"The harmful contaminants can be broadly grouped into chemical contaminant, volatile organic compounds, bacteria, fungi and viruses; each group is characterized by the amount and complexity of the constituent molecules or radicals. Plasma properties have to be optimized in order to destroy and/or to prevent the growth of these harmful contaminants. One major requirement is to ensure that these harmful contaminants have an adequate residence time within the reactor device while supporting a sufficiently high flow rate for practical applications.

"While plasma can be utilized to reduce the harmful particles, the generation of plasma also creates by-product gas which can be hazardous. Typical examples of bi-product gas are ozone and nitrogen dioxide (NO.sub.2).

"Therefore it would be desirable to provide an apparatus to generate plasma for indoor air purification and disinfection which adequate residence time and effective plasma power deposition to achieve efficient destruction of pollutants while minimizing the generation unwanted bi-product gases."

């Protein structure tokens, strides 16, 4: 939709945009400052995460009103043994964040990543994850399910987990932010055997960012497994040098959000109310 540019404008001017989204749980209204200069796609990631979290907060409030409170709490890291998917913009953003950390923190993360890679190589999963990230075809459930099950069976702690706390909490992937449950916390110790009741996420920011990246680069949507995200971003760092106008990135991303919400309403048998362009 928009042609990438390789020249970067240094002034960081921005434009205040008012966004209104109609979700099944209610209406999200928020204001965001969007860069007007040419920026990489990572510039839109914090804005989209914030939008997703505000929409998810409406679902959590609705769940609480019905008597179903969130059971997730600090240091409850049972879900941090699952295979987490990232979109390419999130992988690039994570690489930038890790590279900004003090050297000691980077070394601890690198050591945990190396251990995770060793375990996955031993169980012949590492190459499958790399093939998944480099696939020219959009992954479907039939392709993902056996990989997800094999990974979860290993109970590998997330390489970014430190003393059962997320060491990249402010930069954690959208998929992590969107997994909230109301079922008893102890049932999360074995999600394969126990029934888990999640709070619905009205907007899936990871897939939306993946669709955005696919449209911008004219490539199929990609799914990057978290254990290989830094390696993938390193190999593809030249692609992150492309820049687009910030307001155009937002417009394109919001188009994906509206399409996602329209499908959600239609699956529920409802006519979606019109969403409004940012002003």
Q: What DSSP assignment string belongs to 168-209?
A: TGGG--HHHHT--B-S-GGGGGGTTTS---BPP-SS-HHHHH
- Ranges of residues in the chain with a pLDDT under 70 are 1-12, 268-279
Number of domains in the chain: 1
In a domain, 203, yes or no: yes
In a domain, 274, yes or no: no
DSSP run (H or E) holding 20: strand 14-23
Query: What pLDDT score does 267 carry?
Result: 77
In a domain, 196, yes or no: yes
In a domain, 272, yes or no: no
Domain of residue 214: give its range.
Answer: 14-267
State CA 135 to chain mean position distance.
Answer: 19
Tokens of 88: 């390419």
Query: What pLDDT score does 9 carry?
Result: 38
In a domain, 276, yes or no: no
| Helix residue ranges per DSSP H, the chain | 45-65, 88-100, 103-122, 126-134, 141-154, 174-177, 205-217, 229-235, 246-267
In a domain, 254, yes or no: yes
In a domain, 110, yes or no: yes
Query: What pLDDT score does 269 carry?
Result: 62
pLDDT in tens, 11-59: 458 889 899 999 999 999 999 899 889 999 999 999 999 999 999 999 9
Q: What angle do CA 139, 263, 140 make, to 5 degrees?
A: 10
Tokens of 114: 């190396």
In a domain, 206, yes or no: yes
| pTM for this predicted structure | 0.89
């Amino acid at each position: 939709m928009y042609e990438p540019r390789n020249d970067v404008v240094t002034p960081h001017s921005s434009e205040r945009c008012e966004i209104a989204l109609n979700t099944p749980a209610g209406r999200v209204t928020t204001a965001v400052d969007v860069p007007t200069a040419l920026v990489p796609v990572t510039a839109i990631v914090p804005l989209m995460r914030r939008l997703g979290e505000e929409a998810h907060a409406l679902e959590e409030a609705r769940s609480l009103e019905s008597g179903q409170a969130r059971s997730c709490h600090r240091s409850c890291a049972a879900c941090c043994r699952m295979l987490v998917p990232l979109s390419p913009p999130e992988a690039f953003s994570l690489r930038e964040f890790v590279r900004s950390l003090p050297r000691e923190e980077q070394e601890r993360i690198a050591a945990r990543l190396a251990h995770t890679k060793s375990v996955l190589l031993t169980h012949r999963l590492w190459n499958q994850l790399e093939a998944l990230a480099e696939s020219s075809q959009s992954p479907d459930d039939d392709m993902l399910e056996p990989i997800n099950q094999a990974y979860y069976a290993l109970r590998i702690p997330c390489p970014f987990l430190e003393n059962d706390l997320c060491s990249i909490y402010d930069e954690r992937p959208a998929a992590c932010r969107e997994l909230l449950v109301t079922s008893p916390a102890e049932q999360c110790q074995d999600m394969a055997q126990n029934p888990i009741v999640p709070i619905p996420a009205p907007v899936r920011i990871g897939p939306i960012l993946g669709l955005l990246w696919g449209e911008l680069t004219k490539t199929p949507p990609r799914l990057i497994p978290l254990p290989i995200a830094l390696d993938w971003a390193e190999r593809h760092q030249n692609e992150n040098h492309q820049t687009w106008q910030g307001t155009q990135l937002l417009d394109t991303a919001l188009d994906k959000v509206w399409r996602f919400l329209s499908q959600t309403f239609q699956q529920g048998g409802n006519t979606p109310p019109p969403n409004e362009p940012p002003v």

As a supplement to the background information on this patent application, NewsRx correspondents also obtained the inventor's summary information for this patent application: "An apparatus for air purification and disinfection is provided. In one aspect, the apparatus includes at least one elongated reactor having an elongated inner electrode and an elongated outer electrode. The outer electrode encompasses at least a portion of the inner electrode along a longitudinal axis of the reactor. The outer and inner electrodes are positioned in a substantially concentric relationship and define a reaction chamber therebetween. The apparatus also includes an inner electrode mounting member holding the inner electrode at an end of the inner electrode and an outer electrode mounting member holding the outer electrode at an end of the outer electrode. The apparatus further includes a power supply adapted to supplying electrical power to the inner and outer electrodes to generate plasma within the reaction chamber to purify and disinfect air flowing therethrough.

"The reaction chamber of the reactor may include an air inlet and an air outlet positioned at opposite ends thereof. The outer electrode mounting member may include an opening corresponding to the air inlet or the air outlet of the reaction chamber of the reactor.